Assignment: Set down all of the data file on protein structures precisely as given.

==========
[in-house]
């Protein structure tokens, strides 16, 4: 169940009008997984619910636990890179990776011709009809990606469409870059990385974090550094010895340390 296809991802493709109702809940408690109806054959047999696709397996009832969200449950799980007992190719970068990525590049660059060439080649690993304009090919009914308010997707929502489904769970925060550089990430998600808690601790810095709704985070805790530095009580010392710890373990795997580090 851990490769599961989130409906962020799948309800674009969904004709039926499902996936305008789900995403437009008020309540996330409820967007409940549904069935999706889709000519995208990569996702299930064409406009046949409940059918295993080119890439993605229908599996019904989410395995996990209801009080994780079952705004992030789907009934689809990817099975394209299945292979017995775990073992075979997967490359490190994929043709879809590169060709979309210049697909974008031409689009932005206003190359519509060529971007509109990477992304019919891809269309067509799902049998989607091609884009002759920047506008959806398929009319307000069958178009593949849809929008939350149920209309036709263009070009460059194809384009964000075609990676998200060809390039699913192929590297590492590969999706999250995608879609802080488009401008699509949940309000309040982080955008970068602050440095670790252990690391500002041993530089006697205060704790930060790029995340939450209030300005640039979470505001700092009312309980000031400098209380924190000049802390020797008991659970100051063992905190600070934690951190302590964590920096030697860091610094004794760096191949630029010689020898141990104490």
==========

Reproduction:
[in-house]
């Protein structure tokens, strides 16, 4: 169940009008997984619910636990890179990776011709009809990606469409870059990385974090550094010895340390 296809991802493709109702809940408690109806054959047999696709397996009832969200449950799980007992190719970068990525590049660059060439080649690993304009090919009914308010997707929502489904769970925060550089990430998600808690601790810095709704985070805790530095009580010392710890373990795997580090 851990490769599961989130409906962020799948309800674009969904004709039926499902996936305008789900995403437009008020309540996330409820967007409940549904069935999706889709000519995208990569996702299930064409406009046949409940059918295993080119890439993605229908599996019904989410395995996990209801009080994780079952705004992030789907009934689809990817099975394209299945292979017995775990073992075979997967490359490190994929043709879809590169060709979309210049697909974008031409689009932005206003190359519509060529971007509109990477992304019919891809269309067509799902049998989607091609884009002759920047506008959806398929009319307000069958178009593949849809929008939350149920209309036709263009070009460059194809384009964000075609990676998200060809390039699913192929590297590492590969999706999250995608879609802080488009401008699509949940309000309040982080955008970068602050440095670790252990690391500002041993530089006697205060704790930060790029995340939450209030300005640039979470505001700092009312309980000031400098209380924190000049802390020797008991659970100051063992905190600070934690951190302590964590920096030697860091610094004794760096191949630029010689020898141990104490």